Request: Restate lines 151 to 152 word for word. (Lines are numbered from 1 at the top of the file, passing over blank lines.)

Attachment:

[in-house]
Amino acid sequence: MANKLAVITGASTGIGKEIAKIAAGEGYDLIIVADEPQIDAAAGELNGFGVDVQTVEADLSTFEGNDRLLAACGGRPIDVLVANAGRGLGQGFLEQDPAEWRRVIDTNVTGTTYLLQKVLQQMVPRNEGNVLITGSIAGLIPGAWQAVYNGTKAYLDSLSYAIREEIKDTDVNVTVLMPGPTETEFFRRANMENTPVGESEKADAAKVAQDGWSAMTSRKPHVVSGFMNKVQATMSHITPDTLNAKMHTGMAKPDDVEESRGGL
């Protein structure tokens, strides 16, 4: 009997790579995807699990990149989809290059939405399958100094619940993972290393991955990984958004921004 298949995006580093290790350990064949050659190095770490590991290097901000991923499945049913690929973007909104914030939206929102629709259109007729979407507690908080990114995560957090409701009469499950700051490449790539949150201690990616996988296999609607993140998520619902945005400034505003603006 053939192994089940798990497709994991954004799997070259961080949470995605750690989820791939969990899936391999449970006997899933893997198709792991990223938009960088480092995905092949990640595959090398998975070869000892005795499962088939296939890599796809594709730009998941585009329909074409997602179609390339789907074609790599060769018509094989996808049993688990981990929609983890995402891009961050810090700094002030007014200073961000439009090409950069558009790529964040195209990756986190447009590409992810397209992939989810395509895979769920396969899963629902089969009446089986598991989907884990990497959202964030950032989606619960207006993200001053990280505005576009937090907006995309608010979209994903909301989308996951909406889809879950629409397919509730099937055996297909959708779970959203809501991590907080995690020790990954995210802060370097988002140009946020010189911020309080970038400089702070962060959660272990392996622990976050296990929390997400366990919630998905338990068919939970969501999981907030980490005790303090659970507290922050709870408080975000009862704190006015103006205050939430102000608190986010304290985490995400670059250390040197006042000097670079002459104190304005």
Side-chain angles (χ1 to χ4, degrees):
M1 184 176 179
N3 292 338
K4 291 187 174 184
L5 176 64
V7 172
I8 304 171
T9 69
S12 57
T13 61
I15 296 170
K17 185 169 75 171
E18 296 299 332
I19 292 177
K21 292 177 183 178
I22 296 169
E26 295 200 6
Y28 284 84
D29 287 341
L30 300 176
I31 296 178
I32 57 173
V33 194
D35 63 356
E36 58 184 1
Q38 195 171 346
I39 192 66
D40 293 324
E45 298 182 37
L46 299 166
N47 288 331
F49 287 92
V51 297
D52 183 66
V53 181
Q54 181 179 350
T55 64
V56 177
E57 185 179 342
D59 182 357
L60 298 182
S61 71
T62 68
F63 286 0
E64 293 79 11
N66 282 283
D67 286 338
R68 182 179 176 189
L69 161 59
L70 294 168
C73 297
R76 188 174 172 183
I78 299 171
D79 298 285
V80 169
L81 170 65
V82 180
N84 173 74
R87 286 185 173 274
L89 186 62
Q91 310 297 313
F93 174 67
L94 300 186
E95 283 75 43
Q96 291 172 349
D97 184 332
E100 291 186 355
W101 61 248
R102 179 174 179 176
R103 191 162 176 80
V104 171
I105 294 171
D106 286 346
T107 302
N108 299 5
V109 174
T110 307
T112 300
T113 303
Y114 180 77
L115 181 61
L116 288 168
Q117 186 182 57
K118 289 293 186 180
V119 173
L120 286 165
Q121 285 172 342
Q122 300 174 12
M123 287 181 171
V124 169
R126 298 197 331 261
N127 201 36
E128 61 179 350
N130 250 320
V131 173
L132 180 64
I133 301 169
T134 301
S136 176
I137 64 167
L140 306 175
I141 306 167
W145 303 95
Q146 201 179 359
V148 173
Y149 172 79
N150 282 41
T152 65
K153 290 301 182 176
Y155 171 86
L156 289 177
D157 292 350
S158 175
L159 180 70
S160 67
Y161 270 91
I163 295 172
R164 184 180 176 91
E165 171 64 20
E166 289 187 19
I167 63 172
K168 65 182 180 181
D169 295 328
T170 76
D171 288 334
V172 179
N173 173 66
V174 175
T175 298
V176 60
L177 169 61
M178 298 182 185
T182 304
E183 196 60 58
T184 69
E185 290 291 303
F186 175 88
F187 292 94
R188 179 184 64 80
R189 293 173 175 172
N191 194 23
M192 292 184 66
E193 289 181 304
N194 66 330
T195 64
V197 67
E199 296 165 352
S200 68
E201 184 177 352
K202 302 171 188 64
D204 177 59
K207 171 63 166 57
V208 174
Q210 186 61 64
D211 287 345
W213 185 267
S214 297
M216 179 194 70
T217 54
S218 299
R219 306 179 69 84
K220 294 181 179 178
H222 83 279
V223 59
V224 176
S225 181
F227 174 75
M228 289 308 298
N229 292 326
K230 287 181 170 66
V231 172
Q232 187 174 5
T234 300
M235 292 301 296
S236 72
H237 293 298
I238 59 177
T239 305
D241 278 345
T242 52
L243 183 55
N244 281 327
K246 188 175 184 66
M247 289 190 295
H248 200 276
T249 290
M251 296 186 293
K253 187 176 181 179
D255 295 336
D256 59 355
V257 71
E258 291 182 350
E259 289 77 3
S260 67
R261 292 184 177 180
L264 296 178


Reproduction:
S200 68
E201 184 177 352